Denon is well-known by audiophiles the world over for its high-end hi-fi equipment and headphones. Its previous set of elitist cans -- the D7000s -- provided luxurious wooden construction for the more mature music
The AH-D600s however ditch the classic wood stylings in order to appeal more to the Beats by Dre crowd. Their RRP of £500 is pretty pricey, but you can currently snag them on Amazon for only £200, making them an absolute steal.
I've rated them based on this price, which Denon tells me isn't likely to change soon. It's worth keeping your eye on it though and if it does, I'll update the review accordingly.
Should I buy the Denon AH-D600?
Yes, go quickly to Amazon now just in case the price changes. At £500, the D600s' plastic construction and loose headband won't appeal to those of you used to Denon's earlier wood-cased cans. Similarly, their emphasis on bass won't suit hardcore audiophiles.
At their cut-down price though, the D600s are an unbelievable bargain. Their modern design, coupled with superb comfort and sound quality make them an excellent choice for those of you who want to take a step up in quality from the Beats range.
Even at full whack, these are good headphones spoiled only slightly by the headband. At £200 though, they blow their similarly priced competition clean out of the water.
Design and build quality
The D600s are something of a departure from Denon's typical style. Gone is the classic, wood-encased look of its older D7000 cans, replaced instead with liberal amounts of black plastic.
This use of synthetic materials isn't going to appeal to those of you who adore the warmth and sophistication afforded by the wooden enclosures. Denon is clearly hoping to attract a new breed of customer however -- perhaps those who are currently splashing their cash on Beats by Dre's brash aesthetics.
That's not to say the D600s are unattractive though -- far from it. The black plastic earcups are offset nicely by the brushed metal Denon logo on the outside and the white plastic 'inner' cup within. This inner cup connects to the outer casing with a ball and socket joint, allowing it to move freely. Denon claims that this means you can achieve a much more comfortable fit.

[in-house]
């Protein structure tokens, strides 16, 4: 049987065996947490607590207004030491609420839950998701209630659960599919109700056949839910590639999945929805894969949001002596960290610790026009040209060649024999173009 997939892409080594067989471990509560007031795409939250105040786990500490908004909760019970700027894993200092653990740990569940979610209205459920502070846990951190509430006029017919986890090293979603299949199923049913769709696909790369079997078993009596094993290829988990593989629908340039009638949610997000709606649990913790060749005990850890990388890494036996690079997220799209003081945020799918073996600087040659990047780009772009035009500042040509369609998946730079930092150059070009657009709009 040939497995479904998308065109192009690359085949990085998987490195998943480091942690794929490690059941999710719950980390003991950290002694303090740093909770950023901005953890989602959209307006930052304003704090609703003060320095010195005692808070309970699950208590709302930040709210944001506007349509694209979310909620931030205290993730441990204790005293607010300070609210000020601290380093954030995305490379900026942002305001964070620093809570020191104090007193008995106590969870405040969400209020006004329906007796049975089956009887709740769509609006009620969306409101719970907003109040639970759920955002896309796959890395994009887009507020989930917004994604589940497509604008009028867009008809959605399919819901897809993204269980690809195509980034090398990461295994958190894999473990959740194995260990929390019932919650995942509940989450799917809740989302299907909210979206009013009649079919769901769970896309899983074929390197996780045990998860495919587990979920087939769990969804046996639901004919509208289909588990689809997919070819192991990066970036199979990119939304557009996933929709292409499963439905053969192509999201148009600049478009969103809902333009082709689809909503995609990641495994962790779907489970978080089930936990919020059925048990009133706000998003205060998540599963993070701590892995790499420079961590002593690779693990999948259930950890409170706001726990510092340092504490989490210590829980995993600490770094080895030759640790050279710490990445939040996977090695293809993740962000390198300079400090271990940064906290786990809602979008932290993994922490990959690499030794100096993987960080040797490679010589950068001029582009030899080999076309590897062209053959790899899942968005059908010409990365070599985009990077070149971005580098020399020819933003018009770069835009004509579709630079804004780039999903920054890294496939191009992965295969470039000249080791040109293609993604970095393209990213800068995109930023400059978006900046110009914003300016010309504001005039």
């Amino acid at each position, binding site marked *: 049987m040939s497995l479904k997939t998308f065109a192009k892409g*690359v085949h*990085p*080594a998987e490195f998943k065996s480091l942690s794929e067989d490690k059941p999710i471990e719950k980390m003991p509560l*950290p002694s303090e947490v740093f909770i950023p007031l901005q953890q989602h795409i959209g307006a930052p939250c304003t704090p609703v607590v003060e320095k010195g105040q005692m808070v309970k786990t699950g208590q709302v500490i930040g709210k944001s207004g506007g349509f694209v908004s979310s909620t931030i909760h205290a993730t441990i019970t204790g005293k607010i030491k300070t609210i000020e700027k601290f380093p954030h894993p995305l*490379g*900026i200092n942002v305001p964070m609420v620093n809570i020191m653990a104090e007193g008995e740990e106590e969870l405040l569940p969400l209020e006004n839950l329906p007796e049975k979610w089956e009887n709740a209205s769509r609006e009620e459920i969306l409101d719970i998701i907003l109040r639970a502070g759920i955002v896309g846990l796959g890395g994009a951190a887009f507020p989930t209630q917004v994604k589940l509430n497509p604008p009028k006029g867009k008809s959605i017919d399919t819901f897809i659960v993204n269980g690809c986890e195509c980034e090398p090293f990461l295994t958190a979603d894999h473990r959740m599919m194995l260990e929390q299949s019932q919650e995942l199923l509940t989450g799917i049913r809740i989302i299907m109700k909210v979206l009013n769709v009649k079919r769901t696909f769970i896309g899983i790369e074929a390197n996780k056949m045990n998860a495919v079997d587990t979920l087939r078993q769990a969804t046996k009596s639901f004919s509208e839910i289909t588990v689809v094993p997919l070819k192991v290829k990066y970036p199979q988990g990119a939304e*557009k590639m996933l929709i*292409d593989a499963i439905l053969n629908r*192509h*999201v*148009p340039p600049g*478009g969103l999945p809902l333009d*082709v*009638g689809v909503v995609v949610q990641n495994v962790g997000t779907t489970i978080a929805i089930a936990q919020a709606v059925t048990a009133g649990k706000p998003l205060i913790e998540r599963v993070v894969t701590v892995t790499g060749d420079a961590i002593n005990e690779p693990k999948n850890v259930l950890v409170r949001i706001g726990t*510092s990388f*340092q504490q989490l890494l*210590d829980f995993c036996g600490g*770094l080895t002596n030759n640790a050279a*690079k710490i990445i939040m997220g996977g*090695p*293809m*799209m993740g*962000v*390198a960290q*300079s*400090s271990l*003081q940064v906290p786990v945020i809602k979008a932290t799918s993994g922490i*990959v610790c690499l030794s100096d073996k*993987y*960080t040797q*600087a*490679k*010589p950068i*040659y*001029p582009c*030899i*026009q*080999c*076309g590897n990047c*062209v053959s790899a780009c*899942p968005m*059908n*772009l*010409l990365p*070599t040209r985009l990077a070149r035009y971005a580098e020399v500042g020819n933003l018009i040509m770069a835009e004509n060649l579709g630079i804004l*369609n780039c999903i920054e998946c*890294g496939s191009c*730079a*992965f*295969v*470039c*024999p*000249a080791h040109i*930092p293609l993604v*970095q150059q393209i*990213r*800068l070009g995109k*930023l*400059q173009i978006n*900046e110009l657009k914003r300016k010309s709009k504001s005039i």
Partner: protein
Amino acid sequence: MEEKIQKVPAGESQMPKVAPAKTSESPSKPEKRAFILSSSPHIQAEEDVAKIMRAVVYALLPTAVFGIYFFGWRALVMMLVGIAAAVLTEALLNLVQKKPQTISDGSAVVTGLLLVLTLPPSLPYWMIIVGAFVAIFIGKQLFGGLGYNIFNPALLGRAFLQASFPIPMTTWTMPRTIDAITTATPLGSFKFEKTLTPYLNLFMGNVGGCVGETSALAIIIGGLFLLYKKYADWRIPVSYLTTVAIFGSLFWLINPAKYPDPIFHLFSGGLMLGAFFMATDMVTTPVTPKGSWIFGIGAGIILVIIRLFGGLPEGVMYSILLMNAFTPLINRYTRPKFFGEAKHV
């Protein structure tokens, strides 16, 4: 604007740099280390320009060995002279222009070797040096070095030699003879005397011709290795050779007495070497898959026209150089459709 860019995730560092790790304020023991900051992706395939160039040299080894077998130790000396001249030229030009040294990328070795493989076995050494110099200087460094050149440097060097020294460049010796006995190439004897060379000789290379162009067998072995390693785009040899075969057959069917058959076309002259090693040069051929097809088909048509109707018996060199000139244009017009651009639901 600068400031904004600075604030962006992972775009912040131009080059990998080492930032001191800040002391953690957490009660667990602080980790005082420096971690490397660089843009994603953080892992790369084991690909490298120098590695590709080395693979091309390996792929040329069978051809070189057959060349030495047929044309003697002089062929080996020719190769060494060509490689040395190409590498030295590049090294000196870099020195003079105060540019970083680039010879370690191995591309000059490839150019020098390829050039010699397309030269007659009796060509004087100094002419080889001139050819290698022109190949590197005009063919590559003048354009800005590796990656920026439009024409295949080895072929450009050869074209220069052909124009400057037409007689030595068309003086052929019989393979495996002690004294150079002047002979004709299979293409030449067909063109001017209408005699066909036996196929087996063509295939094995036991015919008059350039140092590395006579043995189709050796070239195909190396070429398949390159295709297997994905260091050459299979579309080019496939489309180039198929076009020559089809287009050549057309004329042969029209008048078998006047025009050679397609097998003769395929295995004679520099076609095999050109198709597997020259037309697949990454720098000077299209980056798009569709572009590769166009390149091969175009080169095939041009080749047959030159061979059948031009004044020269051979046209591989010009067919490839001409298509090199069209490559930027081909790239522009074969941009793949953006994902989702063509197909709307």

It certainly seems to work too, as the D600s are extremely comfortable to wear. The earpads have a pentagonal shape to them, which helps them fit easily around the ear, while the leather is supremely soft. Don't worry, vegans -- the leather in question is 'protein leather', meaning no cows were required to lay down their lives for audio comfort. I almost guarantee you won't be able to tell it's not real though.
It's not all good news unfortunately, as the headband is far too loose for my liking. Even though I have quite a large head -- 'one size fits all' hats are often too small for me -- I found the cups were loose around my ears. They were tight enough to form a proper seal, but only just. This also meant that sharp head movements would easily dislodge them -- an issue exacerbated by the D600s' heft.
At £500, that would be difficult to ignore, but the huge reduction in the price of these headphones will help you gloss over that easily enough. They're well put together and I've certainly felt worse construction from similarly priced headphones. I was able to comfortably wear them for several hours at a time. My head started to ache from the din of music I was pushing through them long before I felt the discomfort from the headphones themselves.
The cable is detachable, which is a big plus if your wires have previously met their doom after getting tangled in the wheels of your chair. It also allows the hi-fi elitists among you to source your own premium cabling. Two sets of cables are included: one long rope-like one for home listening and a shorter, lighter one with an iPhone microphone for on the go use. I wouldn't really recommend them for out and about listening though.
Audiophiles looking to Denon to reproduce their music with brutal accuracy shouldn't get too excited about the D600s. Instead of a totally honest, flat tone, the D600s put their emphasis more on the high- and low-end frequencies.
Like the styling, that's likely to appeal more to those of you who've cut your teeth on Beats cans. Unlike Beats, the D600s have a firmer hand in controlling the bass. It's powerful and can deliver a punch to your head that feels almost strong enough to seriously compromise the structural integrity of your skull.
The bass doesn't come at the expense of the rest of the sound though. Zomboy's track Hoedown was reproduced with deep, roaring bass lines, while the higher-end synth parts and sharp snare hits were clearly separated in the mix. Similarly, the powerful guitar, meaty bass lines and thumping kick drum of Periphery's Icarus Lives were well produced without muddying the shimmer of the cymbals or the crack of the snare.
High-end is handled well too -- the cymbals and sharp snare on the beautifully recorded song Watch Your Step by Dave Weckl Band were bright and well separated. If anything, the the D600s might lack a little warmth in the mid range, so die-hard fans of folk and acoustic music might want to go ears-on before splashing their cash.
They're best suited to fans of electronic music where deep, growling bass is paramount but where high-end synth needs to cut through sharply. Dubsteppers and drum and bass nuts are well catered for, as are rockers who require low-end power -- Periphery, Dream Theater and Meshuggah all sounded great.
For £500, the Denon AH-D600s don't provide the classic luxury of their wood-enclosed predecessors and their loose headband isn't perfect. At their lower price of £200 however, they're well above their competition.
The emphasis in the low and high ends of the tone won't suit dedicated audiophiles, but will be welcomed by electronic music fans. You'd be hard-pressed to find a better sound from a more comfortable set of cans for anything like the same price.